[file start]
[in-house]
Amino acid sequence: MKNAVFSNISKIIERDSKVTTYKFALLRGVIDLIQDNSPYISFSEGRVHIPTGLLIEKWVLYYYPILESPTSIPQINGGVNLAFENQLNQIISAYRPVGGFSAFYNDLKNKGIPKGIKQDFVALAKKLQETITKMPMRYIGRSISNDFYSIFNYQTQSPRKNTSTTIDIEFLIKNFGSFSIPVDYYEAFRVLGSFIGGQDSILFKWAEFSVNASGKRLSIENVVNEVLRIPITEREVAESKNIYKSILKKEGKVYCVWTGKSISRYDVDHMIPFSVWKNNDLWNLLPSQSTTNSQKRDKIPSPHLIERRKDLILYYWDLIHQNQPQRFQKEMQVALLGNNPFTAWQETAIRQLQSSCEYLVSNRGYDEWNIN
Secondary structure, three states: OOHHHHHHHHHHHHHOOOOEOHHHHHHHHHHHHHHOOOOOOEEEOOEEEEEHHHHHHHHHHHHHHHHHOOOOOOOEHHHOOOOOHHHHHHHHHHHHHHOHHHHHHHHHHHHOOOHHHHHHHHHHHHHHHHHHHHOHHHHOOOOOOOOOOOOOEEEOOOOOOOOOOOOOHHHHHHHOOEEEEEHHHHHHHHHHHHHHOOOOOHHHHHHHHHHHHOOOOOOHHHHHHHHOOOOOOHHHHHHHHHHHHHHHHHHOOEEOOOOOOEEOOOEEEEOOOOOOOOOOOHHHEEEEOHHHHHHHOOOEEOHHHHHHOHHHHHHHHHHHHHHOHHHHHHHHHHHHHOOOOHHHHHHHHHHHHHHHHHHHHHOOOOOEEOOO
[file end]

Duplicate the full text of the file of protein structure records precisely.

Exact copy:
[in-house]
Amino acid sequence: MKNAVFSNISKIIERDSKVTTYKFALLRGVIDLIQDNSPYISFSEGRVHIPTGLLIEKWVLYYYPILESPTSIPQINGGVNLAFENQLNQIISAYRPVGGFSAFYNDLKNKGIPKGIKQDFVALAKKLQETITKMPMRYIGRSISNDFYSIFNYQTQSPRKNTSTTIDIEFLIKNFGSFSIPVDYYEAFRVLGSFIGGQDSILFKWAEFSVNASGKRLSIENVVNEVLRIPITEREVAESKNIYKSILKKEGKVYCVWTGKSISRYDVDHMIPFSVWKNNDLWNLLPSQSTTNSQKRDKIPSPHLIERRKDLILYYWDLIHQNQPQRFQKEMQVALLGNNPFTAWQETAIRQLQSSCEYLVSNRGYDEWNIN
Secondary structure, three states: OOHHHHHHHHHHHHHOOOOEOHHHHHHHHHHHHHHOOOOOOEEEOOEEEEEHHHHHHHHHHHHHHHHHOOOOOOOEHHHOOOOOHHHHHHHHHHHHHHOHHHHHHHHHHHHOOOHHHHHHHHHHHHHHHHHHHHOHHHHOOOOOOOOOOOOOEEEOOOOOOOOOOOOOHHHHHHHOOEEEEEHHHHHHHHHHHHHHOOOOOHHHHHHHHHHHHOOOOOOHHHHHHHHOOOOOOHHHHHHHHHHHHHHHHHHOOEEOOOOOOEEOOOEEEEOOOOOOOOOOOHHHEEEEOHHHHHHHOOOEEOHHHHHHOHHHHHHHHHHHHHHOHHHHHHHHHHHHHOOOOHHHHHHHHHHHHHHHHHHHHHOOOOOEEOOO